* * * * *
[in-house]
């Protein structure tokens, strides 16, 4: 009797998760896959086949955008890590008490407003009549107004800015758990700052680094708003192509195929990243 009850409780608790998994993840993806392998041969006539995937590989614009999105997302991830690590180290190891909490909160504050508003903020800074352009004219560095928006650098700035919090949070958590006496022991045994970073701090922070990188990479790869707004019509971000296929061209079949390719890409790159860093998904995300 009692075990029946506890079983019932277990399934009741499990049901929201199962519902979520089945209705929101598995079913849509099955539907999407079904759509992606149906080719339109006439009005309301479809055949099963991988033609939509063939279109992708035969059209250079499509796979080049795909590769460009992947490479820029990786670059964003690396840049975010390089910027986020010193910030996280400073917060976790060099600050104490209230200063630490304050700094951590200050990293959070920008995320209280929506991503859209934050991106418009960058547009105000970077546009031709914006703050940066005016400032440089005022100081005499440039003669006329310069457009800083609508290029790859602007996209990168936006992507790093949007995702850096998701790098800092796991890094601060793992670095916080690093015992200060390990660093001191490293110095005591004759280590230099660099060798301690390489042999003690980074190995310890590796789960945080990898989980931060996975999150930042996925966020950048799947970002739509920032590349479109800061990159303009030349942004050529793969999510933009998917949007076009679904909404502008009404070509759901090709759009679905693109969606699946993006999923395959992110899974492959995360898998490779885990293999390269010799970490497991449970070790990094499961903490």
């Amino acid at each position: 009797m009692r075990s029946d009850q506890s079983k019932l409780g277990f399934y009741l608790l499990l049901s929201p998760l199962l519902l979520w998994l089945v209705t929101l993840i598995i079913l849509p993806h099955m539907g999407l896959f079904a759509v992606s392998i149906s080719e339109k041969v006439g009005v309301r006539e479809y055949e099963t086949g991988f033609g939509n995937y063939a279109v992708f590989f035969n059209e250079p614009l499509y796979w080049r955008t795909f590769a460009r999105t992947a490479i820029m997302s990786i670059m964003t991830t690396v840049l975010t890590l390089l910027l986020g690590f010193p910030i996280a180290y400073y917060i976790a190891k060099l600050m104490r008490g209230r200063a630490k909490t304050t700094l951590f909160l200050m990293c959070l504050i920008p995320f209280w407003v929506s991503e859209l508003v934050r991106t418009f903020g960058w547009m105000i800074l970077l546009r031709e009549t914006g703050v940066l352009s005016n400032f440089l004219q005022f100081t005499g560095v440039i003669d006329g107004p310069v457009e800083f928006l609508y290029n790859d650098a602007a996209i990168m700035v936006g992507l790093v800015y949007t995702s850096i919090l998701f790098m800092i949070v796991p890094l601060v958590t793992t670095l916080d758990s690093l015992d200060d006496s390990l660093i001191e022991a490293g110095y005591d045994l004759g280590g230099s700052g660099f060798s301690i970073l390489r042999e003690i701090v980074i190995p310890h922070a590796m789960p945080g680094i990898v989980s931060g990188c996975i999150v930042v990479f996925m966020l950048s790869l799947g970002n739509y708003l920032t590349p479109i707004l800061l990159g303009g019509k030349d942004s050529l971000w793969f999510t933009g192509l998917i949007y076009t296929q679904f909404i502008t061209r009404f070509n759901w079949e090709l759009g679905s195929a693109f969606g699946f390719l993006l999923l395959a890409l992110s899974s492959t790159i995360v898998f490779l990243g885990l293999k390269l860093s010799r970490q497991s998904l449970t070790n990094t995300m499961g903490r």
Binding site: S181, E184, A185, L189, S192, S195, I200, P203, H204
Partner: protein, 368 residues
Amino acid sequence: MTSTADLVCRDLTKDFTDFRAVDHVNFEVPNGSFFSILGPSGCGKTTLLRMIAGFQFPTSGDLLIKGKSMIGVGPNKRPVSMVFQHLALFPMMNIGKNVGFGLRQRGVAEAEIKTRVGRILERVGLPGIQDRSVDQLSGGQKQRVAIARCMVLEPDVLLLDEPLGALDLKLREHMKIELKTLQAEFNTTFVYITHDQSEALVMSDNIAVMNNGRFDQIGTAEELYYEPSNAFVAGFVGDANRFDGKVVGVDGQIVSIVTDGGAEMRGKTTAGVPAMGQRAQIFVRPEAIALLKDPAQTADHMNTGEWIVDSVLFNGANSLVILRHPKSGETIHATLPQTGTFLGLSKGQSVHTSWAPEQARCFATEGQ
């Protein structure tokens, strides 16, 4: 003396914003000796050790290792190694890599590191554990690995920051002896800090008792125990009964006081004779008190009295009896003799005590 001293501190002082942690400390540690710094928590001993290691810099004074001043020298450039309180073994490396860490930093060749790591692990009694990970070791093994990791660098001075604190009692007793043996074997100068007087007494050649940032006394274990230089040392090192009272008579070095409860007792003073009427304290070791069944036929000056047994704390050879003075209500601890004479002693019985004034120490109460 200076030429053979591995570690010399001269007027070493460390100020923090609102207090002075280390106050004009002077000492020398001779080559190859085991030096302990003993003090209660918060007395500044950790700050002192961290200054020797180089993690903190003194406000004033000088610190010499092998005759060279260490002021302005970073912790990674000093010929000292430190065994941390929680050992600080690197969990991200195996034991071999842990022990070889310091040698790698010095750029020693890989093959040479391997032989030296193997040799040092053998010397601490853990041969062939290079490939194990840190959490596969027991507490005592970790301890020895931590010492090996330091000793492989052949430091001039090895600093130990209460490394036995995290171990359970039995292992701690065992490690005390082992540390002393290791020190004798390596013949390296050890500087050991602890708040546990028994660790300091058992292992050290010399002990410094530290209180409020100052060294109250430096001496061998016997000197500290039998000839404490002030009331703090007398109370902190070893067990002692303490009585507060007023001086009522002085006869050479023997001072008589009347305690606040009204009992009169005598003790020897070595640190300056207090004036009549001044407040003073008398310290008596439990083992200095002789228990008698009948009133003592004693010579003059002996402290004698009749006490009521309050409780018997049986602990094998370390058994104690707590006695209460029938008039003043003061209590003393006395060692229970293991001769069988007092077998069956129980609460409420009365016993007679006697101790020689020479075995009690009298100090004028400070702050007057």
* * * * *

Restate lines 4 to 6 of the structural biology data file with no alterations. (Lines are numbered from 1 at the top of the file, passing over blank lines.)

Binding site: S181, E184, A185, L189, S192, S195, I200, P203, H204
Partner: protein, 368 residues
Amino acid sequence: MTSTADLVCRDLTKDFTDFRAVDHVNFEVPNGSFFSILGPSGCGKTTLLRMIAGFQFPTSGDLLIKGKSMIGVGPNKRPVSMVFQHLALFPMMNIGKNVGFGLRQRGVAEAEIKTRVGRILERVGLPGIQDRSVDQLSGGQKQRVAIARCMVLEPDVLLLDEPLGALDLKLREHMKIELKTLQAEFNTTFVYITHDQSEALVMSDNIAVMNNGRFDQIGTAEELYYEPSNAFVAGFVGDANRFDGKVVGVDGQIVSIVTDGGAEMRGKTTAGVPAMGQRAQIFVRPEAIALLKDPAQTADHMNTGEWIVDSVLFNGANSLVILRHPKSGETIHATLPQTGTFLGLSKGQSVHTSWAPEQARCFATEGQ